Assam has major border disputes with Arunachal Pradesh, Meghalaya, Nagaland, and Mizoram. The Nagas were the first to demand redrawing of the map for greater Nagaland, and the dispute had its root in its formation in 1963. Major clashes along the Assam-Nagaland border have been reported in 1968, 1979, 1985, and as recently as 2014 [10]. Following the Assam-Mizoram border clash, Assam has signed an agreement with Nagaland to diffuse the standoff at the eastern front [11] and is working with Arunachal Pradesh to fix border disputes without the intervention of the court[12]. Assam shares an 804.1 km long boundary with Arunachal Pradesh, and border disputes between both states occur following the Arunachal Pradesh refusal to accept 1951 notification as to the basis of boundary delineation [13]. Arunachal argues that the plain areas transferred to Assam after the recommendation of the Bardoloi committee are not done with the consent of its people.

Similarly, the fallout of reorganising the state of Assam without the consent of the local people can also be seen along the Assam-Meghalaya border. Meghalaya was carved out of Assam in 1970 and became a full-fledged state in 1972. However, Meghalaya has declined to accept the transferring Block I and Block II of Jaintia hills to Mikir hills (in Assam) and areas in Garo hills to Goalpara district of Assam [14].

Picture showing land border dispute of Assam with its neighboring states [Courtesy – The Times of India] (Source-https://timesofindia.indiatimes.com/india/unhappy-with-boundaries-ne-sisters-nibbling-away-at-our-land-gogoi-says/articleshow/40740652.cms)

Thus, the core reason for these clashes revolves around the people’s quest for identity. The fear of being alienated and overpowered has been deep-rooted in the mind of the northeastern people. They push their energy to protect their identity, culture, and ancestral land more than craving for infrastructural development projects.

Implication for India’s Internal Security and Possible Solution

It is a rare sight that forces of two states are clashing against each other. The Northeastern region remains one of the most fragile regions of the country. All the aspects of national security, i.e., insurgency, drug trafficking, terrorism, and many more, is found in the northeastern state. In a region like such, land boundary dispute among the state is the least one can think of. Following the various policy initiatives by both the state and central government over the subsequent year, the situation and ground reality of the region has changed a lot. The northeastern state remains at the fulcrum of India’s ‘Act East Policy,’ aiming to connect India to the Southeast Asian countries, reaching up to ASEAN.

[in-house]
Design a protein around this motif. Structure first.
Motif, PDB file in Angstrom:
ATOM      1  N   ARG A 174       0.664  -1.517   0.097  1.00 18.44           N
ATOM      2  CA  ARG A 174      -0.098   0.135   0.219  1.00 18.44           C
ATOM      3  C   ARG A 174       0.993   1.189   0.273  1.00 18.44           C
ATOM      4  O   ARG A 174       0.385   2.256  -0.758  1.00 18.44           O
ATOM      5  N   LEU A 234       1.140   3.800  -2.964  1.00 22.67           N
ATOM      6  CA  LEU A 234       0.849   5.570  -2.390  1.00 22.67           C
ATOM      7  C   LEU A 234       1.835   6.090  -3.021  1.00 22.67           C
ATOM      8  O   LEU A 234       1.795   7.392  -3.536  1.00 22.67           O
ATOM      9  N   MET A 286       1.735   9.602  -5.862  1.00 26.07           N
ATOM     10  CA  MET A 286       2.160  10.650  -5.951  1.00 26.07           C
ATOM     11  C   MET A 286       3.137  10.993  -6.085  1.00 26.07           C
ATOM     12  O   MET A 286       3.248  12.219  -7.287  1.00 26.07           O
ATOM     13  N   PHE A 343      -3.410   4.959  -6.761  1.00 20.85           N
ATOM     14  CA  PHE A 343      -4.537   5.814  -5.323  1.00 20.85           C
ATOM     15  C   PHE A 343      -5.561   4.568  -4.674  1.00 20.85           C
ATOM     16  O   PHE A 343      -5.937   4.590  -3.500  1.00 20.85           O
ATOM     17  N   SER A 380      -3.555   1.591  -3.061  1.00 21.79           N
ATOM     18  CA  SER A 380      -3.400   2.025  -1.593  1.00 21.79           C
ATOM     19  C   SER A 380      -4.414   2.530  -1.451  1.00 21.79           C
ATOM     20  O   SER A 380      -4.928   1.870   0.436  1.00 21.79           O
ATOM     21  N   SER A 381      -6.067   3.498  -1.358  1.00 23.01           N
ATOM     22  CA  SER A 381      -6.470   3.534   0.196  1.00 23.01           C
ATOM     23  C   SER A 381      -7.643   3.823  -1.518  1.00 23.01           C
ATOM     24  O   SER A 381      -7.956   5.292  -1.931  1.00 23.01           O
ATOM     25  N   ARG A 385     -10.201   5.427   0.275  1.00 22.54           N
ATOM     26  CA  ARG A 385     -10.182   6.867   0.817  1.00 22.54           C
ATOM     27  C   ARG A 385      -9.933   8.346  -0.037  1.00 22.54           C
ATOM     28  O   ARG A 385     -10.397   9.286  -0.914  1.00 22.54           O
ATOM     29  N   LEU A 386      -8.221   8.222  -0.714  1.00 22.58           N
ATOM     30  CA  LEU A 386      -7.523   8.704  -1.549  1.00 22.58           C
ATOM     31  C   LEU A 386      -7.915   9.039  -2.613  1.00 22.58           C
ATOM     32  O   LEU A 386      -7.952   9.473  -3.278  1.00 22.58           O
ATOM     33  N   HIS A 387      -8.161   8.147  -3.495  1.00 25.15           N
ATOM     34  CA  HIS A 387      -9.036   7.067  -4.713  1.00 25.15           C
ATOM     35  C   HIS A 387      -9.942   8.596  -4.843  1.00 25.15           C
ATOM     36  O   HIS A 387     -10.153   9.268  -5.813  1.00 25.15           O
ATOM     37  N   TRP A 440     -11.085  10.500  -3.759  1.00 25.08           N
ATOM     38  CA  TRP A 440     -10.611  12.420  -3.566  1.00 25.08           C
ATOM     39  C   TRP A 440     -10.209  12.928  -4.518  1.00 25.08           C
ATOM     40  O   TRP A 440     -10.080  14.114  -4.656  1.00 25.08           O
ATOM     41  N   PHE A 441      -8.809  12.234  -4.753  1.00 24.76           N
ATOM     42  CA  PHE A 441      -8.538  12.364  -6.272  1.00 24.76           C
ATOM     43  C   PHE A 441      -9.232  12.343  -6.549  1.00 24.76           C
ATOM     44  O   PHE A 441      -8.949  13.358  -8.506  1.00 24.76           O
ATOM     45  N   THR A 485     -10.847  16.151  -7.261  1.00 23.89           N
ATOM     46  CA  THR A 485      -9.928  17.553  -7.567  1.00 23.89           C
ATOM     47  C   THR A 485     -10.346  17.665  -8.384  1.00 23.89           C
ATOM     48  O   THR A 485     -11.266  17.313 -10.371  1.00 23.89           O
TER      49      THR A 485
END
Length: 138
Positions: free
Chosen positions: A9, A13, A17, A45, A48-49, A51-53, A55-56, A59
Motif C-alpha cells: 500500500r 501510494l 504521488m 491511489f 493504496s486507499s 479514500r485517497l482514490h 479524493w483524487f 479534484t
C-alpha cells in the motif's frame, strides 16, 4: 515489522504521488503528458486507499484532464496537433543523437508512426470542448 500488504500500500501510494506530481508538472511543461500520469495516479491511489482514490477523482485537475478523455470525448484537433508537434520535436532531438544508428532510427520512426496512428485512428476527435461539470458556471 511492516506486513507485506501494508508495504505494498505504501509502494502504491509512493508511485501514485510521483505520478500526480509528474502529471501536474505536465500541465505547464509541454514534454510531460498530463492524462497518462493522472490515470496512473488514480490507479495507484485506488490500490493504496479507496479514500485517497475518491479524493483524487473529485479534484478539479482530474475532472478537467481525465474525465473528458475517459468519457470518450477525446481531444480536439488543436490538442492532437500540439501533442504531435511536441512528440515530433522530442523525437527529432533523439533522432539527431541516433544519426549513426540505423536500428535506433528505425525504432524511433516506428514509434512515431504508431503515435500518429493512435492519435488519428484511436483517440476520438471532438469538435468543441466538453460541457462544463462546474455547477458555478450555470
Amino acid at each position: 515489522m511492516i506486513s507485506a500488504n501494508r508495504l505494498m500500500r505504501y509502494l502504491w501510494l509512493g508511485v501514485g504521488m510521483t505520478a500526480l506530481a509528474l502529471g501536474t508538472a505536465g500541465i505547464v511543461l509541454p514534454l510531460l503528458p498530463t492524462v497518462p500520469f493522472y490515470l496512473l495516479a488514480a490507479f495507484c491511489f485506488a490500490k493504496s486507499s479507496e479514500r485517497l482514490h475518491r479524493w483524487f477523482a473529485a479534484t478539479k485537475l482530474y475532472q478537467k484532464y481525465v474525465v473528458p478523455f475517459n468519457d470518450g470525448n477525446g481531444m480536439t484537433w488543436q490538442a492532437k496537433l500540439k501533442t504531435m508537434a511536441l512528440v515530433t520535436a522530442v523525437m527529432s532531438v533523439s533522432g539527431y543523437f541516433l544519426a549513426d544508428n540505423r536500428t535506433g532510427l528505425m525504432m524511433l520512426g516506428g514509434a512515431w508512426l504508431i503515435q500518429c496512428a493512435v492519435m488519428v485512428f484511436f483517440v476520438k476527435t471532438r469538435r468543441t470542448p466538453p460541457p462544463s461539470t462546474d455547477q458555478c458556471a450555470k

The persistence of state-boundary disputes shows the lack of political will and vested interest of the various sections of the society. It must be the duty of the state and the central government to spread awareness among the locals to ease tension and resolve the dispute peacefully. The previous efforts of the government to resolve the dispute did not bear the desired fruit as the recommendation of the appointed committee was not binding on the states [15]. Further, merely appointing a committee following the clash will not do good until and unless the fixing of borders revolves around the needs and aspirations of the local people across the two states.

To ensure the peaceful resolution of the inter-state boundary dispute, both the center and state must focus on the following aspects:-

  • First and foremost, the state must come forward to resolve conflict amicably by considering all the stakeholders, including people from civil society. If not, the committee shall be formed for a better understanding of the issue.
  • Second, the committee formed for the resolution must include the local leader and people from various civil societies from across the state, and recommendations must be binding on all the states.
  • Third, the outcome of the resolution must not be seen as a win or loss by the local public. It must be the duty of the government to propagate the benefits of a peaceful border for better connectivity, employment opportunity, and better livelihood.
  • Fourth, there must be a deadline for resolving the conflict under the strict supervision of the Supreme Court.